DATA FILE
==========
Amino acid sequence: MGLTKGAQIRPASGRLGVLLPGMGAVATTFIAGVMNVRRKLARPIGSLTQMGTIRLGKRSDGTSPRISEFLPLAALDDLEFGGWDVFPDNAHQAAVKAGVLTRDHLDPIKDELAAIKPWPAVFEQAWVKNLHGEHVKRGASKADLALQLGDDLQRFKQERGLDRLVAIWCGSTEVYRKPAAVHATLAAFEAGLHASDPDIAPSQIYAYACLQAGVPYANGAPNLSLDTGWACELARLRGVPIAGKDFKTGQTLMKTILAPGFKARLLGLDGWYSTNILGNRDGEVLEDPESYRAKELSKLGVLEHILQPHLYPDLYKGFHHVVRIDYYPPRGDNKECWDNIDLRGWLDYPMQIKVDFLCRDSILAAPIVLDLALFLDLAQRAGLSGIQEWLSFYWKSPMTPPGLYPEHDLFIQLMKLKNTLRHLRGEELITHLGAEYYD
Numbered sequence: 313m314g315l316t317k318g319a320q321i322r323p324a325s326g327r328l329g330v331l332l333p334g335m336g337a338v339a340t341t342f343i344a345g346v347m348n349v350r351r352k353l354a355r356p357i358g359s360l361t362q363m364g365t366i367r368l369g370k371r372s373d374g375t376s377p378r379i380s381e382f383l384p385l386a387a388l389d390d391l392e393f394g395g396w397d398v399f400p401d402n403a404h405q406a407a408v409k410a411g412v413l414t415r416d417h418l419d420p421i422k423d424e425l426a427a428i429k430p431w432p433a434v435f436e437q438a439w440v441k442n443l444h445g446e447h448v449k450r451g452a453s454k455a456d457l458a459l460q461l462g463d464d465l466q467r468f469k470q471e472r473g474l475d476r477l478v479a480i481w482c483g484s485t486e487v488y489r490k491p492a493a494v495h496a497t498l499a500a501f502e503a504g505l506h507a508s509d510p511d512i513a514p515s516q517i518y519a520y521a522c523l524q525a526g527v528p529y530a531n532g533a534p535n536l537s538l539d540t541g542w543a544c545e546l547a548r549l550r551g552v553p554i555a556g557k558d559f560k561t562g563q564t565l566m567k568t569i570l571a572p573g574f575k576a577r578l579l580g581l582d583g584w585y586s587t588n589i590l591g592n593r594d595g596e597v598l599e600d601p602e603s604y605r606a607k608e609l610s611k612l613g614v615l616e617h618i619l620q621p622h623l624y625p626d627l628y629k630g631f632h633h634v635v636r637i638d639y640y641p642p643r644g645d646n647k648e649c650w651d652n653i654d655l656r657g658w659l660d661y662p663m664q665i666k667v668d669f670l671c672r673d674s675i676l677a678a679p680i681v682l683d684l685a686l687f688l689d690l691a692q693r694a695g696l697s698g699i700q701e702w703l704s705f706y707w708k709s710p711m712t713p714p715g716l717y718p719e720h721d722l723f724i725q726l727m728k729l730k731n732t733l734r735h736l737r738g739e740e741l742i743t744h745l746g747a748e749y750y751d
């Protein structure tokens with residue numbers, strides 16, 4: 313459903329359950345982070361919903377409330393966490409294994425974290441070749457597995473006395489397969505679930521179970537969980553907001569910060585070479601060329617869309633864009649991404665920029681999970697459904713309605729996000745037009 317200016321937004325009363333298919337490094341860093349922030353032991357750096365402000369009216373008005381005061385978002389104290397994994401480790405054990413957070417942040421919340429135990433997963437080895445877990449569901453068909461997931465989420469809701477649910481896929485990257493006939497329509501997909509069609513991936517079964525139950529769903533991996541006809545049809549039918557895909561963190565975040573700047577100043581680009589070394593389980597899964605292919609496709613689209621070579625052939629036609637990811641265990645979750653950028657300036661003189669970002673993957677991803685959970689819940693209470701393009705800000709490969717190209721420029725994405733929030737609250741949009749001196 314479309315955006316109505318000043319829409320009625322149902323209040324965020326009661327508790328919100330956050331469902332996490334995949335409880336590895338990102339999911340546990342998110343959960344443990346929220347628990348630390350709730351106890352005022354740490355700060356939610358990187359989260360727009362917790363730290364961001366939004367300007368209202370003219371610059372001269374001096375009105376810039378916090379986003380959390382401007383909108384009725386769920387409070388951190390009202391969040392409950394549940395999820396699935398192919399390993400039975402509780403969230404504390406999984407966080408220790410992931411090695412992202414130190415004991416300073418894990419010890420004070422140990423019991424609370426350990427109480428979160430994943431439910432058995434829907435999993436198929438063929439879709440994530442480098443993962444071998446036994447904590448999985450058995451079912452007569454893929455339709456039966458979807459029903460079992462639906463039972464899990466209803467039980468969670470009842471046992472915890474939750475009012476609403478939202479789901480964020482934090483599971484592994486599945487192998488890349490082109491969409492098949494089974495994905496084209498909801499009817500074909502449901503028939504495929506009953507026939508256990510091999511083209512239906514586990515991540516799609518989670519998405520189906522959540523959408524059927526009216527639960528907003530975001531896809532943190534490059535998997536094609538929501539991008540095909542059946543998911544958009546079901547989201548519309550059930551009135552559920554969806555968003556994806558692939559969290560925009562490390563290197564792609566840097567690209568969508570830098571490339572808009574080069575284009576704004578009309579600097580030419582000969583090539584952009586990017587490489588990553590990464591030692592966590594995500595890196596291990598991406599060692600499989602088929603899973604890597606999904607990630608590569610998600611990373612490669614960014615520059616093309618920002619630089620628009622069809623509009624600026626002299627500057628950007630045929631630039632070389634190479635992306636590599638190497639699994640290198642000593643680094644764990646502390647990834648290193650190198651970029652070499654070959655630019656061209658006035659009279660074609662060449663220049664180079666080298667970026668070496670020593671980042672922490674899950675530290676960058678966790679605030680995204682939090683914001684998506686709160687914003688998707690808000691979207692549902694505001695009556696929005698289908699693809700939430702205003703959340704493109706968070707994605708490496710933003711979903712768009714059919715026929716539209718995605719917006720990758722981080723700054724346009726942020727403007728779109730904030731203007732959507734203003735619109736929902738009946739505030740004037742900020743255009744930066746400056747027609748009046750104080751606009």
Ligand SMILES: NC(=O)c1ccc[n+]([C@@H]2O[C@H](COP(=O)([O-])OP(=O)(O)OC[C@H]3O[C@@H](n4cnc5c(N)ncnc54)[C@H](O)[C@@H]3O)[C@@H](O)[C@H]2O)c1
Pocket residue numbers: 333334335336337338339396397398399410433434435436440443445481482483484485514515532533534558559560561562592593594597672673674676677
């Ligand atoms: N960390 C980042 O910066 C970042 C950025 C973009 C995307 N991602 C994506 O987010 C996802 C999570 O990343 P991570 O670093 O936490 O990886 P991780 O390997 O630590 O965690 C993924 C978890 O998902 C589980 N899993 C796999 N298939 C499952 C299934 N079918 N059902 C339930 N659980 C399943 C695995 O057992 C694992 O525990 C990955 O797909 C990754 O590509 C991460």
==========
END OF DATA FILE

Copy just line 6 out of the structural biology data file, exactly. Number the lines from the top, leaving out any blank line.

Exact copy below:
């Ligand atoms: N960390 C980042 O910066 C970042 C950025 C973009 C995307 N991602 C994506 O987010 C996802 C999570 O990343 P991570 O670093 O936490 O990886 P991780 O390997 O630590 O965690 C993924 C978890 O998902 C589980 N899993 C796999 N298939 C499952 C299934 N079918 N059902 C339930 N659980 C399943 C695995 O057992 C694992 O525990 C990955 O797909 C990754 O590509 C991460």